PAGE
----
• The Cherokee-Imperial
• Jet Rocket
• Des Moines Rocket
• Twin Star Rocket
• Texas Rocket

Santa Fe
The Atchison, Topeka and Santa Fe Railway Company
Chicago, Illinois and New York, New York

The Super Chief and the Turquoise Room private dining area (with appropriate evening dining attire, please) were part of the Santa Fe Railway lore and Santa Fe made no apologies for the extra fare to ride this all-Pullman sleeping car train. Internet image.
In 1948 Santa Fe managers advertised for every demographic to patronize their passenger trains. Internet image.

Santa Fe principal named trains:
• The Super Chief
• The Chief
• El Capitan
• San Francisco Chief
• The Grand Canyon
• Kansas City Chief
• Texas Chief
• The Kansas Cityan
• The Tulsan
• The Oil Flyer
• The Chicagoan
• The El Pasoan
• California Special

Great Western
Chicago Great Western Railway
Kansas City, Missouri and Chicago, Illinois

Front-end REA Express and baggage car business on this Chicago Great Western passenger train at Council Bluffs, Iowa. Internet photo.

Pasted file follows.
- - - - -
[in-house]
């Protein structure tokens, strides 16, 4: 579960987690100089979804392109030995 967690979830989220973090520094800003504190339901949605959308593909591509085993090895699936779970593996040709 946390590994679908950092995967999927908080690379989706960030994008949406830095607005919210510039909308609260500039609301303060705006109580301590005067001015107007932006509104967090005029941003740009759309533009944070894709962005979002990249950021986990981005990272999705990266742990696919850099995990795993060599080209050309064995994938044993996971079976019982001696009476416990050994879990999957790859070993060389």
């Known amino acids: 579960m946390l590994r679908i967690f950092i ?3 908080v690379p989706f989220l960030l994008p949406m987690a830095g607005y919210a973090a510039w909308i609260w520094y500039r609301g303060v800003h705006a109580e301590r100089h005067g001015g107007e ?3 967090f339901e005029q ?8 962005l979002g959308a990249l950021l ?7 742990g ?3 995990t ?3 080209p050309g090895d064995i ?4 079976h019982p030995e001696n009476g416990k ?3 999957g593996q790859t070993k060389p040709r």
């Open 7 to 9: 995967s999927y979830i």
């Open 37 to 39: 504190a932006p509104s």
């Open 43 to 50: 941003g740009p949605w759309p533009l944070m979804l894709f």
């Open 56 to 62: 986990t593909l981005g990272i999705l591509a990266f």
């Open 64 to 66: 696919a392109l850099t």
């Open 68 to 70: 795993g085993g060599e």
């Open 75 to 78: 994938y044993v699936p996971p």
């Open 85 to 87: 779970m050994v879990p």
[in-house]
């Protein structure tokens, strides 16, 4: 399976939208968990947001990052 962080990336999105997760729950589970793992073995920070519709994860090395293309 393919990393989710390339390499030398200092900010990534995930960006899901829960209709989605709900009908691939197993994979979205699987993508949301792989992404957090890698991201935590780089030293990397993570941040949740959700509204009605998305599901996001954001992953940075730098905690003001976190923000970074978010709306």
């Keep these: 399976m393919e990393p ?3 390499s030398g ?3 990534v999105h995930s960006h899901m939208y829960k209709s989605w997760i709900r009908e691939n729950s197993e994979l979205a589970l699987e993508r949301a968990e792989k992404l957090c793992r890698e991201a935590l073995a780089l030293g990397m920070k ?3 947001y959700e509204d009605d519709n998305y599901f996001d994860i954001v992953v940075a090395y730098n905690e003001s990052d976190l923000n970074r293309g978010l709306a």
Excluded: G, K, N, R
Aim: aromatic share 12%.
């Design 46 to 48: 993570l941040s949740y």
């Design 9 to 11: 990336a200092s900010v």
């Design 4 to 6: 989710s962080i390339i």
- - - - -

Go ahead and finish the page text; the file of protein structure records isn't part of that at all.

A Chicago Great Western Railway locomotive ready for service in Rochester, Minnesota in 1962. The Mayo Clinic is in the background on the left. Wikimedia Commons photo.

Great Western principal named trains:
• No named trains; six numbered trains only

Chicago, Burlington & Quincy Railroad Company
Chicago, Illinois

The Burlington relied heavily on billboard advertising, including this “3D” billboard from 1957. Wikimedia Commons photo.
A Burlington consist with a round-end observation car in Dallas, Texas in 1958. Wikimedia Commons photo.

Burlington principal named trains:
• Empire Builder*
• Western Star
• North Coast Limited
• The Mainstreeter
• California Zephyr*
• The Vista Dome Twin Zephyrs
• The Black Hawk
• Denver Zephyr
• AK-SAR-BEN Zephyr
• Nebraska Zephyr
• Coloradan
• Kansas City Zephyr
• American Royal Zephyr
• Silver Streak Zephyr
• Zephyr-Rocket
• Texas Zephyr
• Twin Star Rocket
• Sam Houston Zephyr

Soo Line Railroad
Minneapolis, St. Paul & Sault Ste. Marie Railroad Company
Minneapolis, Minnesota

Soo Line heavyweight consist passenger train. Internet image.
Early 20th Century Soo Line promotional postcard featuring trains which were cleaned with a vacuum. Wikimedia Commons image.

Soo Line Railroad principal named trains:
• The Winnipeger
• The Mountaineer
• The Laker

Algoma Central
The Algoma Central and Hudson Bay Railway Company